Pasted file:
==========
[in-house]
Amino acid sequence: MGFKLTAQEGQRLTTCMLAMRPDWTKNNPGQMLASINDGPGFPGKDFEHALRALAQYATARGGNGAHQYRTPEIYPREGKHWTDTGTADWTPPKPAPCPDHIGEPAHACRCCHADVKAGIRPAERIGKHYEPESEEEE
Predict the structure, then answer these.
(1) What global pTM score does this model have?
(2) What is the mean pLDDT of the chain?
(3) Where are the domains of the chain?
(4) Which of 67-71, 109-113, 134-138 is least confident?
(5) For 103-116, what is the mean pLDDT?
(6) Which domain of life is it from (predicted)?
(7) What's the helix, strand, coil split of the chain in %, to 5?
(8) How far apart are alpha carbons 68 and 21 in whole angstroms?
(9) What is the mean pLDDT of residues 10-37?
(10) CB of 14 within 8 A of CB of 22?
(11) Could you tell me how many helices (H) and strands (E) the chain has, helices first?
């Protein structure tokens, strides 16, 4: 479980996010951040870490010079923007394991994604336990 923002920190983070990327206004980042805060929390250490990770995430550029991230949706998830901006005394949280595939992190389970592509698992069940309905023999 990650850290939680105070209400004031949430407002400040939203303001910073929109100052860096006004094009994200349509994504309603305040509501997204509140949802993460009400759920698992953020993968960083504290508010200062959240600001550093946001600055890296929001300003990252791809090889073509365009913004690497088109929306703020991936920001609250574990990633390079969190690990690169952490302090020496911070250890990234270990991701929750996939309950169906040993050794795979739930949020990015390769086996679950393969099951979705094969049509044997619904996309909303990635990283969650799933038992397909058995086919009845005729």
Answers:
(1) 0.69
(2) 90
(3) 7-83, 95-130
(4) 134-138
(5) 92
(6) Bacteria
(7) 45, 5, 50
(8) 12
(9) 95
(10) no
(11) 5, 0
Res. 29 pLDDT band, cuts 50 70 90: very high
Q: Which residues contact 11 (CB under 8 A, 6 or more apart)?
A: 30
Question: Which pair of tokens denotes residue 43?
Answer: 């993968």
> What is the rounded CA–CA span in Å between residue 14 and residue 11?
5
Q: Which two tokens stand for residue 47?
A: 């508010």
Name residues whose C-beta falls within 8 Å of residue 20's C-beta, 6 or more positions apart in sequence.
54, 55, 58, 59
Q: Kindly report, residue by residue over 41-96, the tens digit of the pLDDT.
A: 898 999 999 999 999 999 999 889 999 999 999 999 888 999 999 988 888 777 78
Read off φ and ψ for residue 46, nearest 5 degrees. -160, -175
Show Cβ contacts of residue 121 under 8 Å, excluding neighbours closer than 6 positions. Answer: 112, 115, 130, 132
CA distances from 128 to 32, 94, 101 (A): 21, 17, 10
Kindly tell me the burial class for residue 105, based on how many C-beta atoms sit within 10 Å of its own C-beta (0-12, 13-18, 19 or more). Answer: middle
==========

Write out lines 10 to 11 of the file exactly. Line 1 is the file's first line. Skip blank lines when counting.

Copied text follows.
(7) What's the helix, strand, coil split of the chain in %, to 5?
(8) How far apart are alpha carbons 68 and 21 in whole angstroms?